Thursday, June 5, 2014

Zombie Horror: Reflections on a Genre

I still envision zombie fiction as a horror sub-genre, but it has evolved into its own genre. I don’t think that’s a bad thing; less than a decade ago, it was a challenge to find any zombie fiction at all. People like myself who grew up with zombie movies were teased by the possibilities; Romero and the other zombie-film directors were never given huge budgets to work with, so it seemed as if they spent more of their budget on the things that mattered most: makeup, gore, and securing a vivid location. I know Romero’s original Day of the Dead script was hacked to pieces, but I still love the film. 

Brian Keene, Joe McKinney, David Moody, Jonathan Maberry, Mark Tufo; these authors helped pioneer the emergence of zombie fiction as its own genre, almost separate from horror. Robert Kirkman’s Walking Dead comic series bridged the gap between niche-horror and mainstream entertainment. There are so many possibilities now for people who have an imagination; there are now thematic variations of zombie fiction. Survivalist, Dystopian, military adventure; these seem to be the popular incarnations.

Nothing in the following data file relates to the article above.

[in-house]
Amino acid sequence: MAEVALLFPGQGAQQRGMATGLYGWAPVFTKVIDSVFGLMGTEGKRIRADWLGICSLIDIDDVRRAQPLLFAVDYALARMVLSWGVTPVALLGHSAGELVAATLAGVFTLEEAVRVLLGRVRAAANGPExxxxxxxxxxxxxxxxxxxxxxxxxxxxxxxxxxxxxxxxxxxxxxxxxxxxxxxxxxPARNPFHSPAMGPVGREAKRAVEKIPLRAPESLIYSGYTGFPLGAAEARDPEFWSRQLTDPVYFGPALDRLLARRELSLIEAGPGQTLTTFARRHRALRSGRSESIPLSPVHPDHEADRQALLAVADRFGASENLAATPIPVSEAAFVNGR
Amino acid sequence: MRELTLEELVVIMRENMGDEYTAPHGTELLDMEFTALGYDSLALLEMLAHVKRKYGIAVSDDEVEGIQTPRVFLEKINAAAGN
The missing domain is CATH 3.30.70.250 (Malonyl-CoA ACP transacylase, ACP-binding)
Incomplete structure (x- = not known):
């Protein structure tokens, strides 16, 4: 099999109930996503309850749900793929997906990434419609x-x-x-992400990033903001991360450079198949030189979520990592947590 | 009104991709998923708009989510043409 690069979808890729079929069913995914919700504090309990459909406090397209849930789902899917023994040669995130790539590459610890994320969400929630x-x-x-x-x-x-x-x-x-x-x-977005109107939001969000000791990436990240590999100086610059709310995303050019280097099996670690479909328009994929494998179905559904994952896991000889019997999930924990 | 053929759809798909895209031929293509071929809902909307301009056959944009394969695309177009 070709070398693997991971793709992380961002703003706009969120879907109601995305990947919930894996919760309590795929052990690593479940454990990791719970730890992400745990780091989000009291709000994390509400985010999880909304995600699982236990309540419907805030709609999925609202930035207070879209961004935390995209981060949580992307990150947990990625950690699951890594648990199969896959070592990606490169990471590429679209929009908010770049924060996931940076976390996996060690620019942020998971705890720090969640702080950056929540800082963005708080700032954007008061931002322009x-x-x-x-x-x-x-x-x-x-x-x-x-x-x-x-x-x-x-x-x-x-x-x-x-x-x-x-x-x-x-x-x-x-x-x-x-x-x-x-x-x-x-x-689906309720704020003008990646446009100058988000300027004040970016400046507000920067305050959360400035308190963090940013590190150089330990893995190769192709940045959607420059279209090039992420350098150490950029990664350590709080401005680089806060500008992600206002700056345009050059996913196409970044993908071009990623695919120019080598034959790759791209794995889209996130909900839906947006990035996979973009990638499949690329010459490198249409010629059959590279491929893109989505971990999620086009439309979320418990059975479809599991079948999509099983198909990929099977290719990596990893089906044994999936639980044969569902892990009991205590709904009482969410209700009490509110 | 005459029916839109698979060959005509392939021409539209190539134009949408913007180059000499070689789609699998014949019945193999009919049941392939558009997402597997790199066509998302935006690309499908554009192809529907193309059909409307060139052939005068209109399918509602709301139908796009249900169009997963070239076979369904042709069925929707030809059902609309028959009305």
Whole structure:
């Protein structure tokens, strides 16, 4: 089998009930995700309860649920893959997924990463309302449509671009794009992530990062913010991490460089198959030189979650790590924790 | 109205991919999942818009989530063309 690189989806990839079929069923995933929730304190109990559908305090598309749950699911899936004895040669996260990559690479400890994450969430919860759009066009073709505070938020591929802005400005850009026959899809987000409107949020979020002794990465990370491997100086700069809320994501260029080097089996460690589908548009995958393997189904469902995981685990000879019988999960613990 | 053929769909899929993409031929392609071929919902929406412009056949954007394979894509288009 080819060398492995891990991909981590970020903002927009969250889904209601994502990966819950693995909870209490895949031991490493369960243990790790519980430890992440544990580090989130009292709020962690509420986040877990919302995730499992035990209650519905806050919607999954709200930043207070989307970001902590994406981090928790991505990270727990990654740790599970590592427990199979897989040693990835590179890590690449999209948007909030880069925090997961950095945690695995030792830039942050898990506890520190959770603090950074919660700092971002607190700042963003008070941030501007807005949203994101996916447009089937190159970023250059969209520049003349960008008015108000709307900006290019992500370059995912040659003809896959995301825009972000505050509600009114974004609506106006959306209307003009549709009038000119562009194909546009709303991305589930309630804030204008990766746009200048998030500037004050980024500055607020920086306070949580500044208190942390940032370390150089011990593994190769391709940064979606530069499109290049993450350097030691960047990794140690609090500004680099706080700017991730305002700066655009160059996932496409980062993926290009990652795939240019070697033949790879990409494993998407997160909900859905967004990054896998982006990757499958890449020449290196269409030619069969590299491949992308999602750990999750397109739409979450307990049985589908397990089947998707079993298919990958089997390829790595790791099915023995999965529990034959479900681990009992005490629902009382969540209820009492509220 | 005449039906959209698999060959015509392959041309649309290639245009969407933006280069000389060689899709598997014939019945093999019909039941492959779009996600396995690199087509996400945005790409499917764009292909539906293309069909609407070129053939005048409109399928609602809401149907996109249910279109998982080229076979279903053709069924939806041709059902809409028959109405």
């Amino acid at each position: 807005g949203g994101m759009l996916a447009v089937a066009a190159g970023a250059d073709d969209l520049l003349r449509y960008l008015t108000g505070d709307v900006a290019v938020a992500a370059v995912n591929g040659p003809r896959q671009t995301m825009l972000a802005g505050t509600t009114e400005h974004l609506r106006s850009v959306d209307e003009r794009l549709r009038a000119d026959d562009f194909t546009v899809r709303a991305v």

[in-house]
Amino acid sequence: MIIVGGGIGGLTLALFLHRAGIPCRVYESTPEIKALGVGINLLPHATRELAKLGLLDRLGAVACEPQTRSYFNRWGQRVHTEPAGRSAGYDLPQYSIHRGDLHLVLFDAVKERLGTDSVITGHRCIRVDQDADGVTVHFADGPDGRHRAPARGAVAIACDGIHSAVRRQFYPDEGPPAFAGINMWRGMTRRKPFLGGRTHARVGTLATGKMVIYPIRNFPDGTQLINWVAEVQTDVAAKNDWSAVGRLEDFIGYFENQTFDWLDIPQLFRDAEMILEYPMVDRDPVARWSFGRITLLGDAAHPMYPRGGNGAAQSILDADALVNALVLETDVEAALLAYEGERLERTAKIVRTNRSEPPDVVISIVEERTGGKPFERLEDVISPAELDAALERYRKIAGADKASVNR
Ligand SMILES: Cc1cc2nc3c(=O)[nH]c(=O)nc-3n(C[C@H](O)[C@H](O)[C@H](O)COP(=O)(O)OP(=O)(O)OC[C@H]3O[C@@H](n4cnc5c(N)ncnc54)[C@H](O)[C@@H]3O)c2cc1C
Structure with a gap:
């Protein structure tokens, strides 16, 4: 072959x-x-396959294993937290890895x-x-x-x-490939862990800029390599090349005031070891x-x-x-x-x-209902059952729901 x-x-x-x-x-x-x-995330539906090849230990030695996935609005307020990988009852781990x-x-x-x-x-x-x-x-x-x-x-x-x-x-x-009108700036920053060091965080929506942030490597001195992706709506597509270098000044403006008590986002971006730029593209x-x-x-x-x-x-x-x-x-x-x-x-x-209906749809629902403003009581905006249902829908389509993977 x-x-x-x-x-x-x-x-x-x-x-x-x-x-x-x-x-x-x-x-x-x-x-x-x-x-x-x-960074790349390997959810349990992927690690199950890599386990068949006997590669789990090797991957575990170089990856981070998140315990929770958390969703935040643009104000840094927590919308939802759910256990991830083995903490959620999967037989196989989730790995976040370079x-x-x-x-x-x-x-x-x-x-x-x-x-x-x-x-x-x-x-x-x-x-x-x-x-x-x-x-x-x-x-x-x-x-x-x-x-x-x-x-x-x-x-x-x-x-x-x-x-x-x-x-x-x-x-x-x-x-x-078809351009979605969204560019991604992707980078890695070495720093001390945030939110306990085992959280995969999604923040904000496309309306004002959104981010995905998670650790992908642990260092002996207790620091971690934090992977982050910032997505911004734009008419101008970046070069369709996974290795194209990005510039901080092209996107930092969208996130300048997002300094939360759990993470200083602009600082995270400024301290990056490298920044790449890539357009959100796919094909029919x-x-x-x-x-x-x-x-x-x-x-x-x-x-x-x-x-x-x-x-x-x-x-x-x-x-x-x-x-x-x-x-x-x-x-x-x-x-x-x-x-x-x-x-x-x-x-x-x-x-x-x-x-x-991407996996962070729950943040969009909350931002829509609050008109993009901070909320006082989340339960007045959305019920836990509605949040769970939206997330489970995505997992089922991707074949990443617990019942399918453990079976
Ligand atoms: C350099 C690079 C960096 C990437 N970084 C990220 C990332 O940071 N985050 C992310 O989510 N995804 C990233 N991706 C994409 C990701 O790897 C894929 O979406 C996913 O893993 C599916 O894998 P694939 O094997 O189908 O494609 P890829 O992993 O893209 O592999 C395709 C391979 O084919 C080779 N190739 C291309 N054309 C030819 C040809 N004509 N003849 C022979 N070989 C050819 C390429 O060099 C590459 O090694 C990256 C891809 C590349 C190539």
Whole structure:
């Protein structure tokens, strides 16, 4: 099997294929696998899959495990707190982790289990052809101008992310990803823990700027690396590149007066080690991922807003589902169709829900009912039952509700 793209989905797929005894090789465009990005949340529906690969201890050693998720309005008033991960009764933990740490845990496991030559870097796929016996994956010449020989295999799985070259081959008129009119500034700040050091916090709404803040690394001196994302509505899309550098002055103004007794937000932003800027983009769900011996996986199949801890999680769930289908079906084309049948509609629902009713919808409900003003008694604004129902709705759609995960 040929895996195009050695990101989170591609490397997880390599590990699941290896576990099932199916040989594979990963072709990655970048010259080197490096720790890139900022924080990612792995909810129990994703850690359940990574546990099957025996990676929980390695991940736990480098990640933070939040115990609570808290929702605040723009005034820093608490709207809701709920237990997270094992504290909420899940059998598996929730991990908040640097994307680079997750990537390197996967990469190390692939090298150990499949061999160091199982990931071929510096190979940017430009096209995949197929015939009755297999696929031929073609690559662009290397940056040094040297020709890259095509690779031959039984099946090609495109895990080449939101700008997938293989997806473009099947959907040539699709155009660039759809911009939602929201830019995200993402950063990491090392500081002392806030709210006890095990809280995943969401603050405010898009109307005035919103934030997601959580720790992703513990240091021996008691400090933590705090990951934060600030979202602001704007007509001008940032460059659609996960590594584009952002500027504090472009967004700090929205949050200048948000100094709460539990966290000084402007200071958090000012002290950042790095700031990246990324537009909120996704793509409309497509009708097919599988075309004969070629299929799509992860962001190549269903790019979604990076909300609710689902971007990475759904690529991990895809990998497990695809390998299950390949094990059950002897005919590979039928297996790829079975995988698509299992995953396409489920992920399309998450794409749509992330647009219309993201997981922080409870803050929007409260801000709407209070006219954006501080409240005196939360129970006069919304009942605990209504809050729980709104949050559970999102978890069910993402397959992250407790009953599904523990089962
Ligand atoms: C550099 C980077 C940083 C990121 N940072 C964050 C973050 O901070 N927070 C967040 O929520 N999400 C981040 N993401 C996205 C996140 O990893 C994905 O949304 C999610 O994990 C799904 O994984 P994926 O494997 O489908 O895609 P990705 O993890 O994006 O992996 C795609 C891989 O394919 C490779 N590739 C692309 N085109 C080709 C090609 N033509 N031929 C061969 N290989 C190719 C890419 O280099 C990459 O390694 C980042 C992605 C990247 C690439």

A lot of zombie fiction seems to be fit more into an action/adventure mold than horror; the survivalist books can still be frightening, because we have the anxiety that comes with surviving a natural disaster, the psychological damage, the fear of other survivors in a post-apocalyptic setting, etc. Then we have the Call of Duty video game zombie novels, in which we have a bunch of soldiers at war with zombies. We still have books where swords can magically decapitate zombies (if you know me, you know this is a HUGE pet-peeve of mine), and that’s cool. That’s what people want to read. I think there is a lot of potential in this particular fiction market, but…

What happened to zombie horror?

Read on!

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